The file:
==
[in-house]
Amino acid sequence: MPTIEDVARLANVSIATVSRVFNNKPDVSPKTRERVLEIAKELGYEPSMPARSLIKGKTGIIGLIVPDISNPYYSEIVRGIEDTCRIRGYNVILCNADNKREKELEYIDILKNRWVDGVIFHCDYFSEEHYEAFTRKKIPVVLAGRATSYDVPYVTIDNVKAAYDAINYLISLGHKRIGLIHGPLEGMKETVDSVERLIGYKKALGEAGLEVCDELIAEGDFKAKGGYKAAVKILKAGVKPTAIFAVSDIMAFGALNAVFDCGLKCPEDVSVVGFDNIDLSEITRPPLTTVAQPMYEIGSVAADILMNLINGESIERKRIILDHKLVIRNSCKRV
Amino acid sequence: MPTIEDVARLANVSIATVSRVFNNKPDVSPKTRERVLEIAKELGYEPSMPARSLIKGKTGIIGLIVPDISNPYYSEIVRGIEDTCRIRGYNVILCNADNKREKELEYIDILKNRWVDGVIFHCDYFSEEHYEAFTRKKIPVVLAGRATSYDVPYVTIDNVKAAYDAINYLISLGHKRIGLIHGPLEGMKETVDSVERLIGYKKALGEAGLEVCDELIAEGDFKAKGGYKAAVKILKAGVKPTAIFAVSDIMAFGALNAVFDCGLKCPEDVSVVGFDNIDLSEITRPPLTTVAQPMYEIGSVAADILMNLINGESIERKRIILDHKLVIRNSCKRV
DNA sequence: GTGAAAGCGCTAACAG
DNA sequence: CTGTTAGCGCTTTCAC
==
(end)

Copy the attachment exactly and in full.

[in-house]
Amino acid sequence: MPTIEDVARLANVSIATVSRVFNNKPDVSPKTRERVLEIAKELGYEPSMPARSLIKGKTGIIGLIVPDISNPYYSEIVRGIEDTCRIRGYNVILCNADNKREKELEYIDILKNRWVDGVIFHCDYFSEEHYEAFTRKKIPVVLAGRATSYDVPYVTIDNVKAAYDAINYLISLGHKRIGLIHGPLEGMKETVDSVERLIGYKKALGEAGLEVCDELIAEGDFKAKGGYKAAVKILKAGVKPTAIFAVSDIMAFGALNAVFDCGLKCPEDVSVVGFDNIDLSEITRPPLTTVAQPMYEIGSVAADILMNLINGESIERKRIILDHKLVIRNSCKRV
Amino acid sequence: MPTIEDVARLANVSIATVSRVFNNKPDVSPKTRERVLEIAKELGYEPSMPARSLIKGKTGIIGLIVPDISNPYYSEIVRGIEDTCRIRGYNVILCNADNKREKELEYIDILKNRWVDGVIFHCDYFSEEHYEAFTRKKIPVVLAGRATSYDVPYVTIDNVKAAYDAINYLISLGHKRIGLIHGPLEGMKETVDSVERLIGYKKALGEAGLEVCDELIAEGDFKAKGGYKAAVKILKAGVKPTAIFAVSDIMAFGALNAVFDCGLKCPEDVSVVGFDNIDLSEITRPPLTTVAQPMYEIGSVAADILMNLINGESIERKRIILDHKLVIRNSCKRV
DNA sequence: GTGAAAGCGCTAACAG
DNA sequence: CTGTTAGCGCTTTCAC